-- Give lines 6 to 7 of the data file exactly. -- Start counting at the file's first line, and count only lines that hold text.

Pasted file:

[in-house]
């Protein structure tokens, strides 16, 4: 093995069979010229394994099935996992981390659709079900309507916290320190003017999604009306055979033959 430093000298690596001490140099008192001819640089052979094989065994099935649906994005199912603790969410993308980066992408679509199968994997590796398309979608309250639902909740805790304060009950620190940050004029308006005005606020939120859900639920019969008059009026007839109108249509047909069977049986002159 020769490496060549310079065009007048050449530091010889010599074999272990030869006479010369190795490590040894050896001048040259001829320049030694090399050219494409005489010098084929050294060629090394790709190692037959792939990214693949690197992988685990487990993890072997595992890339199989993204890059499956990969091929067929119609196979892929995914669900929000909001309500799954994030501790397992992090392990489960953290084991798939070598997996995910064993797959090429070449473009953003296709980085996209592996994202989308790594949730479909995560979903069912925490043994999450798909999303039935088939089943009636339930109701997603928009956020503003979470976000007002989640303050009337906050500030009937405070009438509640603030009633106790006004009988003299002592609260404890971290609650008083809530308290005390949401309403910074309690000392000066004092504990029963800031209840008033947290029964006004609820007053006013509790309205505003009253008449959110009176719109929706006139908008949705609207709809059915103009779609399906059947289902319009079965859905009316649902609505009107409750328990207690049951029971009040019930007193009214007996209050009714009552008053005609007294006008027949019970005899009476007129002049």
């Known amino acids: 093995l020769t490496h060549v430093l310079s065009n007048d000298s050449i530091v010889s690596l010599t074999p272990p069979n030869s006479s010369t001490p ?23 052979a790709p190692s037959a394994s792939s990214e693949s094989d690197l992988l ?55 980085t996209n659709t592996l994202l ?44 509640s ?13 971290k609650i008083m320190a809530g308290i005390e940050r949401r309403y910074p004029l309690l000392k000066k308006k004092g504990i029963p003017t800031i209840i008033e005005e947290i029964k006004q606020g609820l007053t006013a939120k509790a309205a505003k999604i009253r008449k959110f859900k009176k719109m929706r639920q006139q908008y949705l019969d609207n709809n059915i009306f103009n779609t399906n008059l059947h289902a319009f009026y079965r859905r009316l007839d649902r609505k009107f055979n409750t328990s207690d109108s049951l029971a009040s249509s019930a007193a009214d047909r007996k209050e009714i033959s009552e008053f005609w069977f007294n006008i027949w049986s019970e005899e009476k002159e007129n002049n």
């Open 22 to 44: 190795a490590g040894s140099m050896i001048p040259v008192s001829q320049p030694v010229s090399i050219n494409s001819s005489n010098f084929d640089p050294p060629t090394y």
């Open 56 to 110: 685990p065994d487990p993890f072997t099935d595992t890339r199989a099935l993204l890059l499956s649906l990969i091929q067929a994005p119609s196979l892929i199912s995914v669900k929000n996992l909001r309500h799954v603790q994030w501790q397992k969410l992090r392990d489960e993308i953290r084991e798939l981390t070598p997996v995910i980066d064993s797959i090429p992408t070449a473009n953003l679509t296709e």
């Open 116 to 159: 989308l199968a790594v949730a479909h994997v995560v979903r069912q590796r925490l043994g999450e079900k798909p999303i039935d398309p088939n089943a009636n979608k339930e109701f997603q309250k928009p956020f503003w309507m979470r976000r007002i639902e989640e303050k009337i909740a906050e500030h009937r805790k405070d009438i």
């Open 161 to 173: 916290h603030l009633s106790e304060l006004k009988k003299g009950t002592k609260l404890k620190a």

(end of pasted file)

């Open 116 to 159: 989308l199968a790594v949730a479909h994997v995560v979903r069912q590796r925490l043994g999450e079900k798909p999303i039935d398309p088939n089943a009636n979608k339930e109701f997603q309250k928009p956020f503003w309507m979470r976000r007002i639902e989640e303050k009337i909740a906050e500030h009937r805790k405070d009438i």
């Open 161 to 173: 916290h603030l009633s106790e304060l006004k009988k003299g009950t002592k609260l404890k620190a």